Mental Illness Is Colorblind

In many ways, mental illness no longer holds the same stigma as it once did just a few decades ago. There are more resources dedicated to mental health now than ever before, and employers, schools and institutions cannot discriminate against or penalize someone due to their struggles with numerous mental health concerns. Today, insurance companies must include psychological, psychiatric and addiction disorders as a part of their overall health coverage. And yet, within communities of color, the stigma remains. Black people are far less likely to acknowledge mental health issues, recognize that there is a problem, and ultimately seek help to address them than their white counterparts. African American males are particularly concerned with the stigma. Many Black folks believe that mild depression or anxiety would be considered “crazy” in their social circles and that any discussion about mental illness would not be appropriate even among family members. It’s just something you don’t talk about! Folks are more likely to make a joke about it than to take it seriously. This silent threat to our community is growing and if it continues to live in the shadows and remain unaddressed, we will continue to lose our young people, women and men to its dis-ease.

What continues to be unaddressed within the African American community is the particular social, political and historic factors that contribute to the overall mental health of the community. We continue to deny the traumatic and historic effects of the legacy of chattel slavery, state-sponsored terrorism, Jim Crow, segregation, race-based exclusion from healthcare, education, social and economic resources, which all translate into socioeconomic disparities experienced disproportionally by African American people generationally. Research shows that socioeconomic status is inextricably bound to mental health: People who are impoverished, homeless, incarcerated or have substance abuse problems are at higher risk for poor mental health and mental health disease. The criminal justice system and the increase of mass incarceration within the Black community, and the “privatization” of prisons giving rise to the prison industrial complex, including the school to prison pipeline, has exacerbated the mental health issues among our families and within our neighborhoods.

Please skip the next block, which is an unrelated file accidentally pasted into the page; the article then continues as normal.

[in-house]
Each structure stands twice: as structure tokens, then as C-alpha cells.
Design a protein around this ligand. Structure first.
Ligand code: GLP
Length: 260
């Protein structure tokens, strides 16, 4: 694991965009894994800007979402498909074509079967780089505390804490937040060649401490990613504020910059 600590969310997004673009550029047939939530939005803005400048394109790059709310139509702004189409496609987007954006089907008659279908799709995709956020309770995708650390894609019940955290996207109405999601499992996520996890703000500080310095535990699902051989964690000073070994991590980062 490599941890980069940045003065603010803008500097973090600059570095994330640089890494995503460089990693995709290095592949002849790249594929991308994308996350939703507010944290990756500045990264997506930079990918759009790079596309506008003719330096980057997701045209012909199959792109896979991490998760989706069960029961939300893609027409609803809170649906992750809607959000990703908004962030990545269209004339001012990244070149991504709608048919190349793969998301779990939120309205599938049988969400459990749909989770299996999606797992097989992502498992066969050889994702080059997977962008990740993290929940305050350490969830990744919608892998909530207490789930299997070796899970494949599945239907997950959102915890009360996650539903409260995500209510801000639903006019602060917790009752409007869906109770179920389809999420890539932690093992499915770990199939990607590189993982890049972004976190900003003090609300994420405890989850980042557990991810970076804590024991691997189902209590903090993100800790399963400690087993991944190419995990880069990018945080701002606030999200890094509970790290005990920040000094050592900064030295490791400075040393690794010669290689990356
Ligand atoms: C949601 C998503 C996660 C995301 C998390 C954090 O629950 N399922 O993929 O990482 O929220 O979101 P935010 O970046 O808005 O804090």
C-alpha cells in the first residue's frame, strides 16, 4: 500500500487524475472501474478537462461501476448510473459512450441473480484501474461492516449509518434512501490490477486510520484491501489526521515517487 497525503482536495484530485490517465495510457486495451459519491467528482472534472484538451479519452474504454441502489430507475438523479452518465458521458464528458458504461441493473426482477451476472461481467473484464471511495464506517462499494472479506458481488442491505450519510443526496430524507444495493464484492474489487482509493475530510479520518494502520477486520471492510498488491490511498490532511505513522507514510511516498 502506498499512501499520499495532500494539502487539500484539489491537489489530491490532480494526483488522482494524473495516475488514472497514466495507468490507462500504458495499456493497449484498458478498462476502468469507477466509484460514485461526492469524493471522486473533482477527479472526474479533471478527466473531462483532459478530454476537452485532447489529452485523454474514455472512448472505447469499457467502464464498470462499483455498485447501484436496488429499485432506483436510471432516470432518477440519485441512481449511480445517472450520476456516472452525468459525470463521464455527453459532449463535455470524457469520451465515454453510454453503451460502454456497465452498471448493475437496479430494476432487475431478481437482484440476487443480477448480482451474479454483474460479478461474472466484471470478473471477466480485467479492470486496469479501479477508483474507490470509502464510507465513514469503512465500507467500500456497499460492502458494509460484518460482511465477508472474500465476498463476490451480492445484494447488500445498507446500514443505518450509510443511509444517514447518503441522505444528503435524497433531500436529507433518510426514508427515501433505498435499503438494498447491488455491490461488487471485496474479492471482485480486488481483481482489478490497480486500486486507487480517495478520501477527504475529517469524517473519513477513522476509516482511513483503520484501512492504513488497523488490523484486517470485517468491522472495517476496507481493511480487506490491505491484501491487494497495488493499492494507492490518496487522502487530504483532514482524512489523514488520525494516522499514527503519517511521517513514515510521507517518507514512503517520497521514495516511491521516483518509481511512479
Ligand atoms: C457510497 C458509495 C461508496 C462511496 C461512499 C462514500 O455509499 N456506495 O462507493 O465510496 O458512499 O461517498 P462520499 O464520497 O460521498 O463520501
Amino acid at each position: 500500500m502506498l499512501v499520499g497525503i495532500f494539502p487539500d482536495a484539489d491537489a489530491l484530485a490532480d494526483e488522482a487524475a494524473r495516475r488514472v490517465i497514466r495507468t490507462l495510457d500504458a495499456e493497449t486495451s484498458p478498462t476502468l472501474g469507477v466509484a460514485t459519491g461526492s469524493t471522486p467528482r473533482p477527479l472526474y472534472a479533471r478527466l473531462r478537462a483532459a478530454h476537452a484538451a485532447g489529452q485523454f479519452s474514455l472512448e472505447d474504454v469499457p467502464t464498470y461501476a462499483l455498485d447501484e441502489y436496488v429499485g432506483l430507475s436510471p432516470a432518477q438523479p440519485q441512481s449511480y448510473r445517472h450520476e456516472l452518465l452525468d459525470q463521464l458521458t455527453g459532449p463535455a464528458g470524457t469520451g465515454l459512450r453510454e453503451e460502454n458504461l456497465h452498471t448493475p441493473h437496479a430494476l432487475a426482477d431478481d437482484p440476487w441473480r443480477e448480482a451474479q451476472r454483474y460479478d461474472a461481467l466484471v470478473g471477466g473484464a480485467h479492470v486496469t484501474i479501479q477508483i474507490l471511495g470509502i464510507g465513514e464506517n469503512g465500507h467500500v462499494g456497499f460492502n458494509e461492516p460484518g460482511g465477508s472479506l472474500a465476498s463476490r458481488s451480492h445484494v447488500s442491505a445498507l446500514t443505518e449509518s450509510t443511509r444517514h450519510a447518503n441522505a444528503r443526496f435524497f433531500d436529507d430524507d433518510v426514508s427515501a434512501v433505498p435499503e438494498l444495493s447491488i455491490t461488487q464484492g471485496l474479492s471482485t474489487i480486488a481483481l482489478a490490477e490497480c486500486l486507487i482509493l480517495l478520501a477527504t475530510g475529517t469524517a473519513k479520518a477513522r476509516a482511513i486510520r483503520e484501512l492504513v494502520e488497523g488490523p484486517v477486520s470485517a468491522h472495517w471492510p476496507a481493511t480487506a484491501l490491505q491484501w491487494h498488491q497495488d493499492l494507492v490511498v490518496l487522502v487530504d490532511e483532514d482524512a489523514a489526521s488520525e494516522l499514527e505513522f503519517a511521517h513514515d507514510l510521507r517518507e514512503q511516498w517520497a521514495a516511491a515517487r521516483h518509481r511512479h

What can we do? When mental health providers are predominantly white and less

than 2 percent of the American Psychological Association members are Black, it creates a serious concern. The lack of culturally sensitive and knowledgeable psychologists who are adequately equipped to address the needs of the community they serve remains a serious challenge. This has been documented by some patients reporting that they have experienced racism during treatment and micro-aggressions from therapists due either to ignorance or a lack of competency. Despite these issues, we must begin to address mental illness in our community. We must get our children help because the incidents of suicide and attempted suicide have begun to rise among African American youths and young adults. We can no longer tell jokes about it and pretend that mental illness is not affecting us and, even worse, killing us. Many people attempt to address it through prayer and believe that God will “turn it around.” Personally, I believe prayer does change things, but some things cannot be changed through prayer alone. Mental health concerns need treatment and often victims of its wrath need medication. We must stop denying, hiding, ignoring and joking about mental illness and begin to find some help to address it.

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